I recently found out I'd need to pay upwards of $2k in order to supply my entire house with automated blinds. I feel like I can definitely do it myself for a fraction of the cost.

For this purpose I'm looking into what would be the cheapest way of powering small 2W/3W 12V/24V motors like those ones, which are pretty easy to get a hold of for a couple of bucks:

enter image description here

I stumbled across this video, which shows something like this:


simulate this circuit – Schematic created using CircuitLab

Yes, I replaced the motor with a bulb because I couldn't find a symbol for it, sorry.

As far as I understand, the diode will chop it into a half wave, and the resistor will limit the current to:

$$ 220 / 1.414 / 2 / 1000000 = 77 uA $$

Which would probably not be enough to do any work, but let's say I can replace the resistor with a 500 ohm one to get around 155mA, or whatever other value it needs to be in case my calculations are incorrect.

Yes, I'm aware that the produced voltage will not be DC but it should be OK as in it won't introduce damage the motor, and yes, I will need to add a couple of relays between the motor and diode/resistor to be able to switch the direction. I'm really just looking for the cheapest working solution.

I'm not sure what the purpose of the capacitor is and what its value has to be.

  • 6
    \$\begingroup\$ No, stop before you set fire to your house, and electrocute yourself. For 12V/24V motors, buy 12 V or 24 V power supplies, off the shelf, CE / UL marked for safety. \$\endgroup\$
    – Neil_UK
    Sep 26 at 12:07
  • 6
    \$\begingroup\$ $2k sounds like a bargain to me. Unless you place no value on your own time, and have low standards about safety and how the final installation will look. Not to mention that if you don't know what the capacitor is for, you're way outside your skillset for this job. \$\endgroup\$
    – Dave Tweed
    Sep 26 at 12:19
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    \$\begingroup\$ @php_nub_qq it's up to you. No responsible EE around here would approve such a hazardous solution. Not only do you risk yourself, you will end up burning several motors which in the end will defeat your purpose of saving money. Follow what Bryan said at the very least. Use a DC power supply. Motor shields for Arduino are readily available and easy to code. \$\endgroup\$ Sep 26 at 12:19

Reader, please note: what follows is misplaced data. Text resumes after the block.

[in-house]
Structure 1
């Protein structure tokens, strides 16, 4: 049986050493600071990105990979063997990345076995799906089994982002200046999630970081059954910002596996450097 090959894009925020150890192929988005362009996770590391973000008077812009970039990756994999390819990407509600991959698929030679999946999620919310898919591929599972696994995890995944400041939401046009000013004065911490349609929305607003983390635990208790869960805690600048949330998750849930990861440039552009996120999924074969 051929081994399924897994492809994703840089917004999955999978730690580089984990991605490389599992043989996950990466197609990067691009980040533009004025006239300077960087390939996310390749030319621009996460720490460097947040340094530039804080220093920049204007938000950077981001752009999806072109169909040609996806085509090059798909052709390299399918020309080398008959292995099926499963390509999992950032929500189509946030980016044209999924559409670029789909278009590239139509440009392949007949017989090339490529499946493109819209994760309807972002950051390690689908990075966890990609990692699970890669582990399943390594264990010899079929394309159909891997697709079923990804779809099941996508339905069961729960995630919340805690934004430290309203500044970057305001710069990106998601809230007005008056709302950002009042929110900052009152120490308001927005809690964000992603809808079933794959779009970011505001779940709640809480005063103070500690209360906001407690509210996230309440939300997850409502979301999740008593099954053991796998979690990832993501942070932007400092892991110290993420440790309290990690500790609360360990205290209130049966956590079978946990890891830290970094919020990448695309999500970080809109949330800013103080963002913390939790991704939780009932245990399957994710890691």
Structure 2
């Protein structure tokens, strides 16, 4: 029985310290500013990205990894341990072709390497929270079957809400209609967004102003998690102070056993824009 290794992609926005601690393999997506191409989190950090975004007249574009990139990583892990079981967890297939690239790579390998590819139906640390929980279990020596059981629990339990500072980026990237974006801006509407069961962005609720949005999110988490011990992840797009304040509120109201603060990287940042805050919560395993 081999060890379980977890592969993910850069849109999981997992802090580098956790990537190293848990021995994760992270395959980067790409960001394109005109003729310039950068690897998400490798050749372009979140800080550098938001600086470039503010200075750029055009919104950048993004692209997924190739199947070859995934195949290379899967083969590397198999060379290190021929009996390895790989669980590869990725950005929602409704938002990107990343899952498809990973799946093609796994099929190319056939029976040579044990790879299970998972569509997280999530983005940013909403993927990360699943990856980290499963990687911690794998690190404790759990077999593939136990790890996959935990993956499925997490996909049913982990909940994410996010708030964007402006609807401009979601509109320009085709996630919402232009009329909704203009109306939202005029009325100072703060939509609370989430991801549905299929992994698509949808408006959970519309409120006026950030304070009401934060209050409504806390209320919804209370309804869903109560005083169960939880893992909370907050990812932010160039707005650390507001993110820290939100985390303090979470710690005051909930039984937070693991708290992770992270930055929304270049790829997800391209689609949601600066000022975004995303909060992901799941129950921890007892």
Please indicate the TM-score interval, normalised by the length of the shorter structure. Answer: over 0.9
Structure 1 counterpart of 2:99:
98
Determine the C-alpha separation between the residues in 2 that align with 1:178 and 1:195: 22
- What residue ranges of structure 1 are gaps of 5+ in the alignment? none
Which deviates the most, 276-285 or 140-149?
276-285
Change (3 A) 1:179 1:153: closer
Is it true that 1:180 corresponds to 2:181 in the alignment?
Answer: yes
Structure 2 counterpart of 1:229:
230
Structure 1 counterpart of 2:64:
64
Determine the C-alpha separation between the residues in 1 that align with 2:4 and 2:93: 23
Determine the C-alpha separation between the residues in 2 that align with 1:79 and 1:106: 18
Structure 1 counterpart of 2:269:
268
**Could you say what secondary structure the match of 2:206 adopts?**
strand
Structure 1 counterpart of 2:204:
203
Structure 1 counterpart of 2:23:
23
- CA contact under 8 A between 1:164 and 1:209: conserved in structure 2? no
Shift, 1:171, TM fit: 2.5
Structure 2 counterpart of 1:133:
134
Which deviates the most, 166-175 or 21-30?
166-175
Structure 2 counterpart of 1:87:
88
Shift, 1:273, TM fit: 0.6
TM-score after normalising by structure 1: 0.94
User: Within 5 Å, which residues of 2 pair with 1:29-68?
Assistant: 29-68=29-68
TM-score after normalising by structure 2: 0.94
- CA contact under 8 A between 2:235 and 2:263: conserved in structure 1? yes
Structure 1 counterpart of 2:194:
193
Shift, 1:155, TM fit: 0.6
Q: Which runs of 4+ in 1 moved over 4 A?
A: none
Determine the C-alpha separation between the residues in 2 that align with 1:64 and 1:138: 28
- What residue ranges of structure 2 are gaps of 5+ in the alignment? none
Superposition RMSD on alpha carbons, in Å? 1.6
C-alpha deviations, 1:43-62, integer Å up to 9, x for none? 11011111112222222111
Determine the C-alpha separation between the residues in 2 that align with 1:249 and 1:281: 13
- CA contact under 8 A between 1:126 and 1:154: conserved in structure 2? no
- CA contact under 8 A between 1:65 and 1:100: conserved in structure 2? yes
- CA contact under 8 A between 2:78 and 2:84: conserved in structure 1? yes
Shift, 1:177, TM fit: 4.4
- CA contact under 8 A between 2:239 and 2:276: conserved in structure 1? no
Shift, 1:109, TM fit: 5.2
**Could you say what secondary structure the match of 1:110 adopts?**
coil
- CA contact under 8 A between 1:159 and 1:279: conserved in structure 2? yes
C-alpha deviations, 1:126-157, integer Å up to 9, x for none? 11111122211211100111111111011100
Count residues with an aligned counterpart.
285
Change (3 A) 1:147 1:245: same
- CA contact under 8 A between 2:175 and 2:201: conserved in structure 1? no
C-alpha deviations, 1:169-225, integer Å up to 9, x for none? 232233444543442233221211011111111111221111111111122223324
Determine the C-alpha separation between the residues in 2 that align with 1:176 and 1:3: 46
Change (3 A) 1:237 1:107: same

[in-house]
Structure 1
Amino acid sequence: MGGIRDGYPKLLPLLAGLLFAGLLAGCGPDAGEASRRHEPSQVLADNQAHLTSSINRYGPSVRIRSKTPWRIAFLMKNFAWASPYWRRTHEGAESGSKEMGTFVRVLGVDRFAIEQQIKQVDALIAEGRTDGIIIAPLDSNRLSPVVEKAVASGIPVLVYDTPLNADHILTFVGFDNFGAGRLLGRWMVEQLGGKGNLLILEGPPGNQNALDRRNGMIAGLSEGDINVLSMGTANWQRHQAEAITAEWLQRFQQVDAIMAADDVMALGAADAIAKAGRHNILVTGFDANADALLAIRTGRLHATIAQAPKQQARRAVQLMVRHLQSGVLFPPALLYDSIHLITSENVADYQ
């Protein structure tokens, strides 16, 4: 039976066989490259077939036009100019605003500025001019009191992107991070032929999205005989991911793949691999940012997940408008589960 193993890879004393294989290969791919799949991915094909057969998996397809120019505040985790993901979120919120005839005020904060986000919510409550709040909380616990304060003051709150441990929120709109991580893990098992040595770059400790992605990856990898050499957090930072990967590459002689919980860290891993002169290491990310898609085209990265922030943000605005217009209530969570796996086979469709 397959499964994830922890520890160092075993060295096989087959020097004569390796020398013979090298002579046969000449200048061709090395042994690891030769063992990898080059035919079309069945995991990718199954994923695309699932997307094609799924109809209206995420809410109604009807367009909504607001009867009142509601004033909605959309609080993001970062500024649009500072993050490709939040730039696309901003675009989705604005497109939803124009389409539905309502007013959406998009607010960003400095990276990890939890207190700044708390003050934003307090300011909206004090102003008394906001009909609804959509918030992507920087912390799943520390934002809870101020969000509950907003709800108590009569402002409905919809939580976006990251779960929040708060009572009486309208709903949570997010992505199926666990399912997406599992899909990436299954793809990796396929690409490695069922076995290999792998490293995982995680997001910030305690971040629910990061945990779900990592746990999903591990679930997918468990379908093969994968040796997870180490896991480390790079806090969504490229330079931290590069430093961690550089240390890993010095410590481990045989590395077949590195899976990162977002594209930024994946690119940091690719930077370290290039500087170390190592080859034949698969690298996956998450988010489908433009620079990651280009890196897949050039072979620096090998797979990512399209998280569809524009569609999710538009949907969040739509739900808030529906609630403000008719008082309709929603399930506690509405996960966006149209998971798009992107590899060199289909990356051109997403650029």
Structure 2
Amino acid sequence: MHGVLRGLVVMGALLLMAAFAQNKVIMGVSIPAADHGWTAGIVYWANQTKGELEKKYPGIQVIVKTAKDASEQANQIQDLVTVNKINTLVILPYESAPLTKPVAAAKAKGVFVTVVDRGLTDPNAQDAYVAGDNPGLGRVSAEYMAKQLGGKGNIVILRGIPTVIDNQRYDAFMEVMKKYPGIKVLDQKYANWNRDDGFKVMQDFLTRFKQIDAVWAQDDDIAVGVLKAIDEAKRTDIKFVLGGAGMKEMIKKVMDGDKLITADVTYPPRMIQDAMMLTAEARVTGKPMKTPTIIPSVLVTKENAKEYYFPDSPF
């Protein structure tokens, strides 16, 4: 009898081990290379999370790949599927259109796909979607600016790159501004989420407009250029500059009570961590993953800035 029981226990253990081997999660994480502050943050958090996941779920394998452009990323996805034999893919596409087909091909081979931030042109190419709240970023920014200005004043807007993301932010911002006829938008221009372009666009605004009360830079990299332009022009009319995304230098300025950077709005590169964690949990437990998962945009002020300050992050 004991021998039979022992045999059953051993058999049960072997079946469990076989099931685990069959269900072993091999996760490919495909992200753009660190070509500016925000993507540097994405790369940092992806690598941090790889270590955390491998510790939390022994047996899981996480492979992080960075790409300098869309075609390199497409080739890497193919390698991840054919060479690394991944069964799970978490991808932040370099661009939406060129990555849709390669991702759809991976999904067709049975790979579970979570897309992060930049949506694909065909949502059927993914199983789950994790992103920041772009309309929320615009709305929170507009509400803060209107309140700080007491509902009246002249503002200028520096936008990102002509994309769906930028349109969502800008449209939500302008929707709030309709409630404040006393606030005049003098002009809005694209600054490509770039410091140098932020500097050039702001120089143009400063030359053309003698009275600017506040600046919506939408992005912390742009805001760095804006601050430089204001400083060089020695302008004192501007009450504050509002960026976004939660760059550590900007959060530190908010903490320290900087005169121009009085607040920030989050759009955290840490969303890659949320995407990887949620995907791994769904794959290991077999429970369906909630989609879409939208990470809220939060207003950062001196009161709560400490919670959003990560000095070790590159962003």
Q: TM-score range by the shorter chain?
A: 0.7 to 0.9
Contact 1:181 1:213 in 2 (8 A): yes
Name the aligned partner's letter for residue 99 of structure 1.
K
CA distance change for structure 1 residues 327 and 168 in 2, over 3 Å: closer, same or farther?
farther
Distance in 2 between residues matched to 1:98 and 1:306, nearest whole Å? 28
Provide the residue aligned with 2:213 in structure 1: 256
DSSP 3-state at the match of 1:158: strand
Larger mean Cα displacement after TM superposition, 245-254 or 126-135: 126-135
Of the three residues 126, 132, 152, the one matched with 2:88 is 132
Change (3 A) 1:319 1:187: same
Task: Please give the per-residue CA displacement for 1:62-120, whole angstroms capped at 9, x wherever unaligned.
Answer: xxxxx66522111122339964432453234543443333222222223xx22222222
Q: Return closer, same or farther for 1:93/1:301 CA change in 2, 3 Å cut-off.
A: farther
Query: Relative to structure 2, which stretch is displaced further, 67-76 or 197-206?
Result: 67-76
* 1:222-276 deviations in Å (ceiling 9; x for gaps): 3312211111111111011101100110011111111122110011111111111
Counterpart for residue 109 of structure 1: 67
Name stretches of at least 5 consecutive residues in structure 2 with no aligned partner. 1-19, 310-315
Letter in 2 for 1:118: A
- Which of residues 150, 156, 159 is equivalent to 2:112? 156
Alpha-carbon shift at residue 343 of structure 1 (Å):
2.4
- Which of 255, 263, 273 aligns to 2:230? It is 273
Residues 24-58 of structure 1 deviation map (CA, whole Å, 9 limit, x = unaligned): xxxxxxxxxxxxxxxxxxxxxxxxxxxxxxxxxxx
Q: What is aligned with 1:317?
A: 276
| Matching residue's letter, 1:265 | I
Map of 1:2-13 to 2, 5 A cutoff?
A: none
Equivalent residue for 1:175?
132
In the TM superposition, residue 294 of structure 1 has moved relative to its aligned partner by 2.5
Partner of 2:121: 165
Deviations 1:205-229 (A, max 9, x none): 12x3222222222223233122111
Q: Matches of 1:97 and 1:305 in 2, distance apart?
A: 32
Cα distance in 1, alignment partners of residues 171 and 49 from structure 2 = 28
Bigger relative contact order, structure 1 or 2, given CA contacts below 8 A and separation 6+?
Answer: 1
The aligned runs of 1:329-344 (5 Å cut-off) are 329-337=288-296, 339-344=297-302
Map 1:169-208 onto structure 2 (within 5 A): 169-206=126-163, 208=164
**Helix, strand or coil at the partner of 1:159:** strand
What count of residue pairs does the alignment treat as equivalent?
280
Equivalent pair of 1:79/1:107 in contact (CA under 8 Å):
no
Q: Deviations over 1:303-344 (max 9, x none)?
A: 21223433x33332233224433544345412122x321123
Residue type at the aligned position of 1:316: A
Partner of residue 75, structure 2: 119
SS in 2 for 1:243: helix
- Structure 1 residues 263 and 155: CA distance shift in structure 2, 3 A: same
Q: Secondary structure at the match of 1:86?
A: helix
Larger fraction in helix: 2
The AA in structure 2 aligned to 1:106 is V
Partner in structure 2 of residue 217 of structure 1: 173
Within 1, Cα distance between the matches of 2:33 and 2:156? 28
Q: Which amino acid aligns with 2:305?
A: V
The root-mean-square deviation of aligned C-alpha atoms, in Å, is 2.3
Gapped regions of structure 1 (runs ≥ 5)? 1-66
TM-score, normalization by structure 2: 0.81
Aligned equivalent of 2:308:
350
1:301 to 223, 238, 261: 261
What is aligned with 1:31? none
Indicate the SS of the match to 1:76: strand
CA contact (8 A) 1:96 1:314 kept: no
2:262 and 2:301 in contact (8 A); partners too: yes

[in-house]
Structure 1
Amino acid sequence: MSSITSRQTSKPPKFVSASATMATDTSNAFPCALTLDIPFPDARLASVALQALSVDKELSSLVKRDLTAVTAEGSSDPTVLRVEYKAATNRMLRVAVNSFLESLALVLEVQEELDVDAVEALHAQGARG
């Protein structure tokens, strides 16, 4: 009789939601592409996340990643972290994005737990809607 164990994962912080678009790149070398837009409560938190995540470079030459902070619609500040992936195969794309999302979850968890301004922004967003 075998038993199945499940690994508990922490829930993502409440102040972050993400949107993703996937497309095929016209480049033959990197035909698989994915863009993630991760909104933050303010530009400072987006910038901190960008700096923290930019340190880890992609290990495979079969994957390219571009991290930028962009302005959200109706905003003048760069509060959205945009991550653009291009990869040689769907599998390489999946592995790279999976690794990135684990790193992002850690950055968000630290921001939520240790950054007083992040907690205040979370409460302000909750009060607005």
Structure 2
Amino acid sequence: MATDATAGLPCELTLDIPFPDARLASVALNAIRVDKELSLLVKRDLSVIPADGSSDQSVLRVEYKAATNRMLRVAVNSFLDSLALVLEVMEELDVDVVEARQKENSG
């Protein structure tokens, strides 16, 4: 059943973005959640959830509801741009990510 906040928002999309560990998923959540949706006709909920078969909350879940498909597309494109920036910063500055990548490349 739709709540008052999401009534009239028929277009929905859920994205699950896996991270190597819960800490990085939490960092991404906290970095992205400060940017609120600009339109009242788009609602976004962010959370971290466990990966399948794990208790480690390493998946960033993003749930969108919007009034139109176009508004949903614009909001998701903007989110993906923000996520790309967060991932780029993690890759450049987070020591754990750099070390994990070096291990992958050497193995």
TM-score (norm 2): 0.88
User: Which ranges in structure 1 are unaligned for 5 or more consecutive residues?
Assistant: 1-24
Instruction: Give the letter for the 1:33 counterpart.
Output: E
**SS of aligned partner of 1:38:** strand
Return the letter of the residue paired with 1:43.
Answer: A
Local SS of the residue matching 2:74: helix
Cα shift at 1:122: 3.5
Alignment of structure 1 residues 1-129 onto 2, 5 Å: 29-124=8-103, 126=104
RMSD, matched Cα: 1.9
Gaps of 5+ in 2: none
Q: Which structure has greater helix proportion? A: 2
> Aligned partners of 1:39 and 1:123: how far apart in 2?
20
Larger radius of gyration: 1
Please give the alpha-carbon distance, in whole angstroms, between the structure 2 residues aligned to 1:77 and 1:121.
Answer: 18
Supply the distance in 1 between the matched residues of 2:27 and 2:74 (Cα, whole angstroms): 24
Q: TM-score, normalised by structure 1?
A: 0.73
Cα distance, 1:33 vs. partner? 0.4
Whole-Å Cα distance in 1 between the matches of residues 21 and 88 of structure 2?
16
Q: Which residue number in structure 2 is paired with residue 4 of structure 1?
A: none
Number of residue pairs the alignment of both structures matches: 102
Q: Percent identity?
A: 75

• 4
    \$\begingroup\$ There are also plenty of people who do not have automatic blinds in their homes. What's your point? \$\endgroup\$
    – Dave Tweed
    Sep 26 at 12:22
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    \$\begingroup\$ I would feel free not to respond, except that your proposed actions will put other people at risk, starting with your own family, and ending with any future owners of your house. If you want to learn something new, you start with the basics and work your way up from there. You don't dive into the deep end with a non-isolated mains-powered project! \$\endgroup\$
    – Dave Tweed
    Sep 26 at 12:36

1 Answer 1


Do NOT do what you are suggesting!

You are planning to connect uninsulated motors, to the mains, with no safety barrier or protection. This is extremely dangerous.

12V & 24V power supplies, complying with local safety standards, are availability at minimum cost for a wide variety of sources. Use these instead.

As an aside, the resistor in your circuit is to discharge the capacitor, not to carry the main current. The current is limited by the capacitor whose AC impedance would be given by \$1/(2.π.f.C)\$ .

You would also need a reverse diode (in parallel with the first diode and motor) to allow the capacitor to discharge during alternate half-cycles.

  • 1
    \$\begingroup\$ I didn't know there's Aprils fools day. (@php_nub_qq) \$\endgroup\$
    – MiNiMe
    Sep 26 at 12:22

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